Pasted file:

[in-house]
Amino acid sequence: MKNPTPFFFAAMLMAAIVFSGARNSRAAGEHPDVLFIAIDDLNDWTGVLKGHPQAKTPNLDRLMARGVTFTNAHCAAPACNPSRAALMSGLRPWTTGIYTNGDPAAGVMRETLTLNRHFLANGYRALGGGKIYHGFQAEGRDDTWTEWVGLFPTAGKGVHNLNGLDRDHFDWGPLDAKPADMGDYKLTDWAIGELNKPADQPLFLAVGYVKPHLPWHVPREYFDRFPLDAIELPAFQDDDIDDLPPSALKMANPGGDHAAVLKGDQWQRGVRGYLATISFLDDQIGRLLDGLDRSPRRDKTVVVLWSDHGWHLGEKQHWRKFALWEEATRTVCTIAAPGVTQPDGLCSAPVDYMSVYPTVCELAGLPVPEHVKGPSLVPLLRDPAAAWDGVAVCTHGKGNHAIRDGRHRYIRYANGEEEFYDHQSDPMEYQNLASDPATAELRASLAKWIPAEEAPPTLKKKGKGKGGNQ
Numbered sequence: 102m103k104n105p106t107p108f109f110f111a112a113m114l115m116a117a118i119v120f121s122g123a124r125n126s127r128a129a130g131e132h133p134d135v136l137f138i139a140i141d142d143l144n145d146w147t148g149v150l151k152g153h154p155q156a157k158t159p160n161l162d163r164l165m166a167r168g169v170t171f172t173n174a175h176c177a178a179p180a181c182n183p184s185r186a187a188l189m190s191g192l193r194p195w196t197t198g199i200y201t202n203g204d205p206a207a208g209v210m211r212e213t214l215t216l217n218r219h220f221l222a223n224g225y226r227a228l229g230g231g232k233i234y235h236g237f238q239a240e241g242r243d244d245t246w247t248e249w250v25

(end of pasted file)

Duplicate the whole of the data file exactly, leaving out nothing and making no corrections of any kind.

[in-house]
Amino acid sequence: MKNPTPFFFAAMLMAAIVFSGARNSRAAGEHPDVLFIAIDDLNDWTGVLKGHPQAKTPNLDRLMARGVTFTNAHCAAPACNPSRAALMSGLRPWTTGIYTNGDPAAGVMRETLTLNRHFLANGYRALGGGKIYHGFQAEGRDDTWTEWVGLFPTAGKGVHNLNGLDRDHFDWGPLDAKPADMGDYKLTDWAIGELNKPADQPLFLAVGYVKPHLPWHVPREYFDRFPLDAIELPAFQDDDIDDLPPSALKMANPGGDHAAVLKGDQWQRGVRGYLATISFLDDQIGRLLDGLDRSPRRDKTVVVLWSDHGWHLGEKQHWRKFALWEEATRTVCTIAAPGVTQPDGLCSAPVDYMSVYPTVCELAGLPVPEHVKGPSLVPLLRDPAAAWDGVAVCTHGKGNHAIRDGRHRYIRYANGEEEFYDHQSDPMEYQNLASDPATAELRASLAKWIPAEEAPPTLKKKGKGKGGNQ
Numbered sequence: 102m103k104n105p106t107p108f109f110f111a112a113m114l115m116a117a118i119v120f121s122g123a124r125n126s127r128a129a130g131e132h133p134d135v136l137f138i139a140i141d142d143l144n145d146w147t148g149v150l151k152g153h154p155q156a157k158t159p160n161l162d163r164l165m166a167r168g169v170t171f172t173n174a175h176c177a178a179p180a181c182n183p184s185r186a187a188l189m190s191g192l193r194p195w196t197t198g199i200y201t202n203g204d205p206a207a208g209v210m211r212e213t214l215t216l217n218r219h220f221l222a223n224g225y226r227a228l229g230g231g232k233i234y235h236g237f238q239a240e241g242r243d244d245t246w247t248e249w250v25